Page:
“Thank goodness we’re not reliant on tendering”
This sentiment, told to Access by Losberger De Boer sales director-events John Cochrane, is echoed by the wider industry. But is the process salvageable, and what can be done to improve it?
“I have yet to find the magic ingredient that wins tenders,” Cochrane continues.
“More often than not, in-spite of claims that innovation and competence of delivery will be the deciding factor, the lowest price is the main driver.”
The Fair founder Nick Morgan is also concerned by this.
“Tendering can be a benchmarking exercise to allow incumbents to continue working with an organisation which is frustrating and puts you off taking the risk of going for a tender as it is isn’t always a straightforward process.
“I would love there to be more opportunity to meet potential clients in person to ensure that there’s the right chemistry between all parties and that results aren’t just based on a quantitative process.”
Incompetence too often prevails, despite honest intentions, according to Paul Grecian, chairman, Gallowglass Group. “Most large organisations genuinely want the tendering process to be fair, but all too often it’s flawed by incompetence. Processes aren’t followed, or weak managers are too timid to change the habits they’ve clung to for the last 30 years.
“Those buyers who purchase purely on price, change suppliers frequently in the relentless pursuit of cheaper deals. But they don’t have the foresight to realise that it’s this pressure on suppliers to undercut each other that ultimately results in Carillion-style collapses of major employers.”
Cochrane concurs: “Most tendering processes discourage human interaction, and they are simply data gathering mechanisms that produce a number at the bottom right hand column of a spreadsheet.
“If we were producing widgets, then I can see the benefit, but event infrastructure is a very different beast, and should be purchased in a suitably different way.
“Good customer relationships and solid reputations built on integrity and professionalism cannot be trumped by the tendering process.”
Tips for those navigating the tender terrain are offered by Morgan. “I think you have to take it on face value that going for tenders is a calculated risk – they try and be as fair as possible but given that you are up against sometimes more than 10 other agencies, means that the process can quite easily be seen as unfair in terms of competition. Having said this, you have to accept the parameters and that the bigger the organisation, the more people there are to sign something off, the more evidence they need to do so.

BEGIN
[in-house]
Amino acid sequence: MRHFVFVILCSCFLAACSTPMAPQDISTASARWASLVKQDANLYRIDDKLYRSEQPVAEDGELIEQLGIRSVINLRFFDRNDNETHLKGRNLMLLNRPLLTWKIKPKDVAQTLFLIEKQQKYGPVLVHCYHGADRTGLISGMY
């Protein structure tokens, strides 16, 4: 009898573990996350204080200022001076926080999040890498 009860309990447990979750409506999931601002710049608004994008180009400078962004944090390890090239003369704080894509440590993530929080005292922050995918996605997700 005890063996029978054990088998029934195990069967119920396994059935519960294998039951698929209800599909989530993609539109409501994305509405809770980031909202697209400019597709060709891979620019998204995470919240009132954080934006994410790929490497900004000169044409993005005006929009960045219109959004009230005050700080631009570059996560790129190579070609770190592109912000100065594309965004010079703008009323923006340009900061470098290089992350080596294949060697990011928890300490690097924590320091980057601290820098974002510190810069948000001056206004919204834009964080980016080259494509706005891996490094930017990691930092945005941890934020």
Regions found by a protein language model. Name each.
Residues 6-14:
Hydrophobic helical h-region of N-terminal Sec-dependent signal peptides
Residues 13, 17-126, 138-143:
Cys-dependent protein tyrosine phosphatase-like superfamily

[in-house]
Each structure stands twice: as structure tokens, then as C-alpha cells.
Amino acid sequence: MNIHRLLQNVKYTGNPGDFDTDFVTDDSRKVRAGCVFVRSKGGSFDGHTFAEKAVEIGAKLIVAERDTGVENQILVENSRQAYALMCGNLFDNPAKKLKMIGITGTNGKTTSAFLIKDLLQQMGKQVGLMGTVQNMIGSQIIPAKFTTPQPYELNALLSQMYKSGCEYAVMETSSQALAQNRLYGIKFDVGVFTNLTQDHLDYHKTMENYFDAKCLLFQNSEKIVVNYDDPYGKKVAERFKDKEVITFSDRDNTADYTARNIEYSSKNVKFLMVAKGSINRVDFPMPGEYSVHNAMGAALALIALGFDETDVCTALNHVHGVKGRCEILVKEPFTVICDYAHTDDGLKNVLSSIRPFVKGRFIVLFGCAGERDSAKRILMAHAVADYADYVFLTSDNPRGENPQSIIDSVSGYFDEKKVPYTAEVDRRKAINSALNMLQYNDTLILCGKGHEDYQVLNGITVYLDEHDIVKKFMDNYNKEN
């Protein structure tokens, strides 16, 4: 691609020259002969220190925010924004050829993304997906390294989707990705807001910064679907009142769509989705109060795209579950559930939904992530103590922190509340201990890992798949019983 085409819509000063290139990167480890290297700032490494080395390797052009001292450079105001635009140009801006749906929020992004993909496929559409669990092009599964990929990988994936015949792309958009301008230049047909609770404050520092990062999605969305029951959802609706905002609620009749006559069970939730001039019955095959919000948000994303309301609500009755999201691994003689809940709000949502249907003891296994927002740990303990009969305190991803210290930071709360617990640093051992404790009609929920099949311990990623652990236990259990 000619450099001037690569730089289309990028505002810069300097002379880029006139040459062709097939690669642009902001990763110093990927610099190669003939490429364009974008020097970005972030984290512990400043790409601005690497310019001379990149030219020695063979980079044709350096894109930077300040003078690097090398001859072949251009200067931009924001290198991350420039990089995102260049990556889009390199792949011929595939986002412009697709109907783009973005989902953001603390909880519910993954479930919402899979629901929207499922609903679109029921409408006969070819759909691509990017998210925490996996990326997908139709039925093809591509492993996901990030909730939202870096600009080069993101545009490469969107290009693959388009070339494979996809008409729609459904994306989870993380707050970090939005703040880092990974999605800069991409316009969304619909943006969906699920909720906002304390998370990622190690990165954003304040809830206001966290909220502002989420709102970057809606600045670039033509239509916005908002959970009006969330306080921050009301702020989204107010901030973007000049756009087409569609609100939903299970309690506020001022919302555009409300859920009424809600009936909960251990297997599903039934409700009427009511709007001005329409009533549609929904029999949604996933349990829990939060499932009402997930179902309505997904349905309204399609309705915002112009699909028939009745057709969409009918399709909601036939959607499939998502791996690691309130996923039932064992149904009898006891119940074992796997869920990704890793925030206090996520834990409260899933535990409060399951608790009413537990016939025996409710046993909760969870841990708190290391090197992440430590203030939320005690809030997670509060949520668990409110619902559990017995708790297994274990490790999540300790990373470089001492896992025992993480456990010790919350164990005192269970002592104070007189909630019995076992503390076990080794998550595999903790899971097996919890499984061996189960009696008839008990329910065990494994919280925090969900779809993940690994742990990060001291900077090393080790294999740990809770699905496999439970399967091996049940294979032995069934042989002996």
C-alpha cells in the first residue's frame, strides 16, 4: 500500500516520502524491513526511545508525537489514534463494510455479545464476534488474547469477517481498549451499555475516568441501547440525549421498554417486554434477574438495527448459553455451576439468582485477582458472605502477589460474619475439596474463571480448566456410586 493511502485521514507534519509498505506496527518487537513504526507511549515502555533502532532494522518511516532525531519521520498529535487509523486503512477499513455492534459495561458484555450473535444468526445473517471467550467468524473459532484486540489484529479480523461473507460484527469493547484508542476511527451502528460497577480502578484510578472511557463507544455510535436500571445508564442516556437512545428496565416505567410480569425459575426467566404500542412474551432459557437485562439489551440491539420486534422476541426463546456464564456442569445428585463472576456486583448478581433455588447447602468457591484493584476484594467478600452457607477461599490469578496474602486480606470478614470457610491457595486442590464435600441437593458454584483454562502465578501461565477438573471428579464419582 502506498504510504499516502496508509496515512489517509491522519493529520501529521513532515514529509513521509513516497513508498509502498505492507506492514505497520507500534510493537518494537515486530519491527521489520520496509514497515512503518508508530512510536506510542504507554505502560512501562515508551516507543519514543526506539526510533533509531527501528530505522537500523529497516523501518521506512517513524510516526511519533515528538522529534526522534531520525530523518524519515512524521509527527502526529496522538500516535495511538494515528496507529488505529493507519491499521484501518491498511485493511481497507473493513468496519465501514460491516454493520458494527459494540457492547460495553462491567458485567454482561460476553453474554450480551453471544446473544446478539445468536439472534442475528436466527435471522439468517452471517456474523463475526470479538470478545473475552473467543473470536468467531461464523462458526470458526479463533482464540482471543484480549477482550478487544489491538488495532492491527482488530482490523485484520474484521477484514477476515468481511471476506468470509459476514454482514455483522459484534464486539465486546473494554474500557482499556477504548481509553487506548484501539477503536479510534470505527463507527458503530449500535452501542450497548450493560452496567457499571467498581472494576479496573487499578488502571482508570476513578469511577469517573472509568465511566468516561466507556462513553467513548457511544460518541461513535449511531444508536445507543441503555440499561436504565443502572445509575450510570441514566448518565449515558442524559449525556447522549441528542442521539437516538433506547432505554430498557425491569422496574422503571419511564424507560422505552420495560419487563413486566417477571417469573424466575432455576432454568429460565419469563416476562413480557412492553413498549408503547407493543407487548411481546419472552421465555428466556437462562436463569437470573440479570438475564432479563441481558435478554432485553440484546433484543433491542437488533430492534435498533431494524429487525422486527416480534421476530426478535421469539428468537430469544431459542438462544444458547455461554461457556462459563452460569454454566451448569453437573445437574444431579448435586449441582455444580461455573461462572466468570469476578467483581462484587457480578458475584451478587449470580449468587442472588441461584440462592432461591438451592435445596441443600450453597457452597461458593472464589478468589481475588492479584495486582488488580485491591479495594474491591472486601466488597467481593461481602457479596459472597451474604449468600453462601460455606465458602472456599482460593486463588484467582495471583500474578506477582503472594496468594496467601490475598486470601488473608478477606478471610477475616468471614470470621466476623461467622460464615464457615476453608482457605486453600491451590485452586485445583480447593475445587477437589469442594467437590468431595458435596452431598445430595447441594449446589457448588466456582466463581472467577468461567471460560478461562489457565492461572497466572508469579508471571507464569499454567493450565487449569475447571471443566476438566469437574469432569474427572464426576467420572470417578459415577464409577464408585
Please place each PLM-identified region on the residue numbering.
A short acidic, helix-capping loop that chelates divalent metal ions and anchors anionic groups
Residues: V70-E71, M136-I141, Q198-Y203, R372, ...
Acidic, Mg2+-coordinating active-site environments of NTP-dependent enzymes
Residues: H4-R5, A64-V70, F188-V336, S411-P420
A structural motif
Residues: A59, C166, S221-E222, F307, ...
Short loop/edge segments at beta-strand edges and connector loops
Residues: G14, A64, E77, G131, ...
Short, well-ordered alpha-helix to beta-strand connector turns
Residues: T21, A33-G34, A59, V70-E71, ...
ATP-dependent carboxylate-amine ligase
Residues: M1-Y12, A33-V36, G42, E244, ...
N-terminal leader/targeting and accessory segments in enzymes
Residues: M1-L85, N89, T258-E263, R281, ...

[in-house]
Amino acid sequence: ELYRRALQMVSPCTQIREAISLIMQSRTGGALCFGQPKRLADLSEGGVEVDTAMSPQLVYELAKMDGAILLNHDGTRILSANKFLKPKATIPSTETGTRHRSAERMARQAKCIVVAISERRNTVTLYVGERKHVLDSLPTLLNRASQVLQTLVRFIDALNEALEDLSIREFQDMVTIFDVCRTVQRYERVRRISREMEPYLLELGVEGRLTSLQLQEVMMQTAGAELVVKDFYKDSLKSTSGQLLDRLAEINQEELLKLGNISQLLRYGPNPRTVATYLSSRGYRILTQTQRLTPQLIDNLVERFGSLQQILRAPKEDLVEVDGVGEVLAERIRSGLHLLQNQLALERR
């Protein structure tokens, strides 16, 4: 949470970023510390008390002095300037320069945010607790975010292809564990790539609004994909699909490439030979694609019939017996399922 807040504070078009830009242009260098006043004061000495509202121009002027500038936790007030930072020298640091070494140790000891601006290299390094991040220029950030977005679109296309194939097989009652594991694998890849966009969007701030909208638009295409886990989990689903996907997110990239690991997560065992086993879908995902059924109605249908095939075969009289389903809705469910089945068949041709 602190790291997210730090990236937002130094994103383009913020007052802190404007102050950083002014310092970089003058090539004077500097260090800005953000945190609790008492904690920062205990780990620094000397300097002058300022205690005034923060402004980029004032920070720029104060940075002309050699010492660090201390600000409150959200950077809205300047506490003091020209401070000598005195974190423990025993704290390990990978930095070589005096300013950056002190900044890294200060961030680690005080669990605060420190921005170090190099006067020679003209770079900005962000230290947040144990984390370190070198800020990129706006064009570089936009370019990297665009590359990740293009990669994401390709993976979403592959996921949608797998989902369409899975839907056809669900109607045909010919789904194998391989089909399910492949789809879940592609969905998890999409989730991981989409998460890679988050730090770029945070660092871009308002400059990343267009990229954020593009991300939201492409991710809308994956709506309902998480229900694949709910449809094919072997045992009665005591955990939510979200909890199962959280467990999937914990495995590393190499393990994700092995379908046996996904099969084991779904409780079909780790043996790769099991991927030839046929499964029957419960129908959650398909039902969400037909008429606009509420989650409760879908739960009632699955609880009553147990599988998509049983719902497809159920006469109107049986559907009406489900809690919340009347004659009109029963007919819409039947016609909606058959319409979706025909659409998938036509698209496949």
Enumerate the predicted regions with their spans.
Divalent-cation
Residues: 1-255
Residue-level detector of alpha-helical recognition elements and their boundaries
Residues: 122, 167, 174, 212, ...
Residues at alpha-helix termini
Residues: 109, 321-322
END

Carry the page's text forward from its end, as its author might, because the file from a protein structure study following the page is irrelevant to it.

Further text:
“I would also say that it is important to never go for anything that is worth more than 25% of your turnover and make sure that the actual margin is understood before going forward with a proposal.”
Seeking opportunities to tangibly demonstrate what you do is advocated by all our commenters. Cochrane says: “Potential customers come to see our work at the RHS Chelsea Flower Show, Farnborough International Air Show, The Gatsby Club at Wimbledon and so many more global premier events.
“This tangible demonstration of what we can do is the most powerful method of convincing potential customers to choose LDB. Conferences and exhibitions will always have a place in our sales and marketing strategy – we just need to select the most appropriate show.”
There can still be flaws, Grecian adds, even with a great strategy in place. “To win, you need to identify and get inside the mind of the ultimate decision maker. And they may very well not be the person who issued the tender and may not even agree with the stipulations in the document. We see so many tender invitations that are obviously cut-and-paste jobs, prepared by a junior executive who cribbed the content from a previous, often unrelated, purchasing exercise.”
“The lack of honesty drives me mad. Tenders would be vastly improved by total transparency; we’re informed that the decision will be based on a series of criteria – including sustainability credentials and certification in international standards, and that cost will be a minor factor in the decision-making process.
“But because our own company’s credentials in terms of standards and regulatory requirements are pretty impeccable, we know that when we haven’t won a tender, the only area we could have lost out on would be cost.”
Morgan adds that, despite the frustrations, creativity needn’t be totally stifled by tender box ticking. “Really, because of the amount of time and effort that goes into creative, the tender process should allow for more give and take with a stage to present initial ideas and re-develop creative direction. This helps both parties, we as agencies want to get it right for our clients and the tender process needs to be more of a two way street in this respect.”
Tendering, which is also a key theme in this issues cover feature (p30) is a topic that will run and run.
For now, however, the festival and event industry is very much at the mercy of the dreaded tender document.
Grecian, Cochrane and Morgan’s full commentary on tenders will be available on accessaa.co.uk shortly after this issue’s publication.